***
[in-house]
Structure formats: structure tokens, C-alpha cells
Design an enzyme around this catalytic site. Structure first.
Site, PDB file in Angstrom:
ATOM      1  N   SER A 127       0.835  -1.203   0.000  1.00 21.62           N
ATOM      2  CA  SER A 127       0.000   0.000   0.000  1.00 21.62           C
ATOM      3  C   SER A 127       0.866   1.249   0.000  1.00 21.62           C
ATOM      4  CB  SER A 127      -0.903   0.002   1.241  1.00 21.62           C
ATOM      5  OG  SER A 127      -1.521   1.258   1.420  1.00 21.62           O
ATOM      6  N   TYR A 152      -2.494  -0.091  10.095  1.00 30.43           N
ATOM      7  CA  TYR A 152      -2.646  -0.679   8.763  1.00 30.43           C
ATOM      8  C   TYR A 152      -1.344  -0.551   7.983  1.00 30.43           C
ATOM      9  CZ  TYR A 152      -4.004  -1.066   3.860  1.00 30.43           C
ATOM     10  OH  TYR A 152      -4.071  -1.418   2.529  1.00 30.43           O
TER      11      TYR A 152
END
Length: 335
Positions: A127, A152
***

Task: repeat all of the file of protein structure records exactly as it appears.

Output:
[in-house]
Structure formats: structure tokens, C-alpha cells
Design an enzyme around this catalytic site. Structure first.
Site, PDB file in Angstrom:
ATOM      1  N   SER A 127       0.835  -1.203   0.000  1.00 21.62           N
ATOM      2  CA  SER A 127       0.000   0.000   0.000  1.00 21.62           C
ATOM      3  C   SER A 127       0.866   1.249   0.000  1.00 21.62           C
ATOM      4  CB  SER A 127      -0.903   0.002   1.241  1.00 21.62           C
ATOM      5  OG  SER A 127      -1.521   1.258   1.420  1.00 21.62           O
ATOM      6  N   TYR A 152      -2.494  -0.091  10.095  1.00 30.43           N
ATOM      7  CA  TYR A 152      -2.646  -0.679   8.763  1.00 30.43           C
ATOM      8  C   TYR A 152      -1.344  -0.551   7.983  1.00 30.43           C
ATOM      9  CZ  TYR A 152      -4.004  -1.066   3.860  1.00 30.43           C
ATOM     10  OH  TYR A 152      -4.071  -1.418   2.529  1.00 30.43           O
TER      11      TYR A 152
END
Length: 335
Positions: A127, A152